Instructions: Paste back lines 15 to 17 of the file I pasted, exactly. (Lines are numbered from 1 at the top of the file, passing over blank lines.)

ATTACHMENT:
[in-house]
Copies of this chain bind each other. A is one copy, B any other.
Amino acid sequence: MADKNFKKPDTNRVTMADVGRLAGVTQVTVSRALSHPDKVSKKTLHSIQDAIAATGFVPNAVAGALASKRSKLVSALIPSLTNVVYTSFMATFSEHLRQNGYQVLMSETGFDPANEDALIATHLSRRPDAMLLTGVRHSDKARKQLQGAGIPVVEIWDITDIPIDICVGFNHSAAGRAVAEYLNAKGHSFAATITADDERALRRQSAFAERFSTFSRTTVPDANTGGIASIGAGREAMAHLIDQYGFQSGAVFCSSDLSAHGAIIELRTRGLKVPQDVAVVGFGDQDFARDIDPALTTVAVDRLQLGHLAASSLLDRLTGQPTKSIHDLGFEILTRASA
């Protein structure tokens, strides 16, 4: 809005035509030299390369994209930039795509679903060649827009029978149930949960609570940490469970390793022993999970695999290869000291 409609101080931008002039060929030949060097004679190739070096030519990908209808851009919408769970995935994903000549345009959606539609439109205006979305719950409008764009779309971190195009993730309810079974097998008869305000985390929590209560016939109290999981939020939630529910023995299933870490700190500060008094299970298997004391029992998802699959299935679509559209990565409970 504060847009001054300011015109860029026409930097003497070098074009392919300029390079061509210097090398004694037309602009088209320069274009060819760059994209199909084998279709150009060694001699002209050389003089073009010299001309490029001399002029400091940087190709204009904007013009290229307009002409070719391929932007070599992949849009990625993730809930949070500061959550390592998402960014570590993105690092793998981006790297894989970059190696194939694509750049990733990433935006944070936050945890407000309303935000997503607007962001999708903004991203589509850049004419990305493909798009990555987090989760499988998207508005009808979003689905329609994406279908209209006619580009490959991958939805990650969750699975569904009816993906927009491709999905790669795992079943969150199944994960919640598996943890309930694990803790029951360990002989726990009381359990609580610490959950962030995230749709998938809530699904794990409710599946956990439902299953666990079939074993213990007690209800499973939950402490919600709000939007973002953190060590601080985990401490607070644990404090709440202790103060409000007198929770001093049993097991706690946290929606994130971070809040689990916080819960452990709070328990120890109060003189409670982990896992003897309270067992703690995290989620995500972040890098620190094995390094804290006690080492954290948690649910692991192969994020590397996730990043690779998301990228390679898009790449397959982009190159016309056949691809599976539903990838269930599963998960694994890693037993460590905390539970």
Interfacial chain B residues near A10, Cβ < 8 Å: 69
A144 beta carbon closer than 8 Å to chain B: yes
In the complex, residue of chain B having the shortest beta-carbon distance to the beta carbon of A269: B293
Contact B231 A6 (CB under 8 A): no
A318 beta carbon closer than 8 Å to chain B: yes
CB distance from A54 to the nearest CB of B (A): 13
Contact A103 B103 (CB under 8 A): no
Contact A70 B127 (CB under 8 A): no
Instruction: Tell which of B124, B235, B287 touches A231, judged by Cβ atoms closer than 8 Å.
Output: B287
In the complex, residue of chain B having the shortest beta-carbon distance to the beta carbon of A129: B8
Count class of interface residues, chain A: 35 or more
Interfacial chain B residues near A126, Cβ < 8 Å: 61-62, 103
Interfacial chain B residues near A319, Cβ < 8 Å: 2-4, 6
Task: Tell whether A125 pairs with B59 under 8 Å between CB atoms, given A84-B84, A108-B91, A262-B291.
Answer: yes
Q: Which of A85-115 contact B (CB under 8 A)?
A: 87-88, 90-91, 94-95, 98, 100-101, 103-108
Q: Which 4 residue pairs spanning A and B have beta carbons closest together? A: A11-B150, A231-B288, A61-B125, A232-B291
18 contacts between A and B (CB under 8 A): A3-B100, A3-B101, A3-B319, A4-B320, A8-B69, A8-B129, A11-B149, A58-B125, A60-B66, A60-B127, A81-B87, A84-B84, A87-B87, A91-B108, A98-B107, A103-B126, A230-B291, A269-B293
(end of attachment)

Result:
In the complex, residue of chain B having the shortest beta-carbon distance to the beta carbon of A129: B8
Count class of interface residues, chain A: 35 or more
Interfacial chain B residues near A126, Cβ < 8 Å: 61-62, 103